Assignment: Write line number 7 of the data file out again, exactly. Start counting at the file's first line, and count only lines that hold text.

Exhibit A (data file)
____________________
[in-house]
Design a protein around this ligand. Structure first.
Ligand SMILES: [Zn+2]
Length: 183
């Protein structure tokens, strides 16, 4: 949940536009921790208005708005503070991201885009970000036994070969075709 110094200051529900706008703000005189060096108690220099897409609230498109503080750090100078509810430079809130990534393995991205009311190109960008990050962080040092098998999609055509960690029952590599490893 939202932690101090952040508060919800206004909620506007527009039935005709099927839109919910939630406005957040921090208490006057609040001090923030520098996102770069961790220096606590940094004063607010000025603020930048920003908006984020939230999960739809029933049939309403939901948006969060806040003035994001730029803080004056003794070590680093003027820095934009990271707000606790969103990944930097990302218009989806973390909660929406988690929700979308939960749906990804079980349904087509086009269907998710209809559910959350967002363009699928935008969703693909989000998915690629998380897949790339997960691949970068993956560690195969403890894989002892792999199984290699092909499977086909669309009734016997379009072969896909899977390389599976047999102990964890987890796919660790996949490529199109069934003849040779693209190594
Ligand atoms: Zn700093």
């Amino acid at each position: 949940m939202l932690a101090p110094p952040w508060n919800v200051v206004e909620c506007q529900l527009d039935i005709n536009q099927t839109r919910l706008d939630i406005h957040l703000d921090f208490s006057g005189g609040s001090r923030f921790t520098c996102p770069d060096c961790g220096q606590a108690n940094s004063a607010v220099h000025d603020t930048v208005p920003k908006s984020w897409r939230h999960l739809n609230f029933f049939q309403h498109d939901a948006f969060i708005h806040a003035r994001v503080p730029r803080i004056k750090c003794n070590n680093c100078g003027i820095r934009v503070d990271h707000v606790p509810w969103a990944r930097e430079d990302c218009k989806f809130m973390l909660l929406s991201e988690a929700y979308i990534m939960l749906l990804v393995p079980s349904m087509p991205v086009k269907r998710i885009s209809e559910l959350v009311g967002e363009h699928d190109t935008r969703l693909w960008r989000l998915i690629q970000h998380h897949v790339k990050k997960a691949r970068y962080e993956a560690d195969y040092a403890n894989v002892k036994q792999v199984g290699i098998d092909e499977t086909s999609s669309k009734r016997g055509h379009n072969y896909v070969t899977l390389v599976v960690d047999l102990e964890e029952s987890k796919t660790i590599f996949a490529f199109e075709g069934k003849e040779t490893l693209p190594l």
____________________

């Amino acid at each position: 949940m939202l932690a101090p110094p952040w508060n919800v200051v206004e909620c506007q529900l527009d039935i005709n536009q099927t839109r919910l706008d939630i406005h957040l703000d921090f208490s006057g005189g609040s001090r923030f921790t520098c996102p770069d060096c961790g220096q606590a108690n940094s004063a607010v220099h000025d603020t930048v208005p920003k908006s984020w897409r939230h999960l739809n609230f029933f049939q309403h498109d939901a948006f969060i708005h806040a003035r994001v503080p730029r803080i004056k750090c003794n070590n680093c100078g003027i820095r934009v503070d990271h707000v606790p509810w969103a990944r930097e430079d990302c218009k989806f809130m973390l909660l929406s991201e988690a929700y979308i990534m939960l749906l990804v393995p079980s349904m087509p991205v086009k269907r998710i885009s209809e559910l959350v009311g967002e363009h699928d190109t935008r969703l693909w960008r989000l998915i690629q970000h998380h897949v790339k990050k997960a691949r970068y962080e993956a560690d195969y040092a403890n894989v002892k036994q792999v199984g290699i098998d092909e499977t086909s999609s669309k009734r016997g055509h379009n072969y896909v070969t899977l390389v599976v960690d047999l102990e964890e029952s987890k796919t660790i590599f996949a490529f199109e075709g069934k003849e040779t490893l693209p190594l």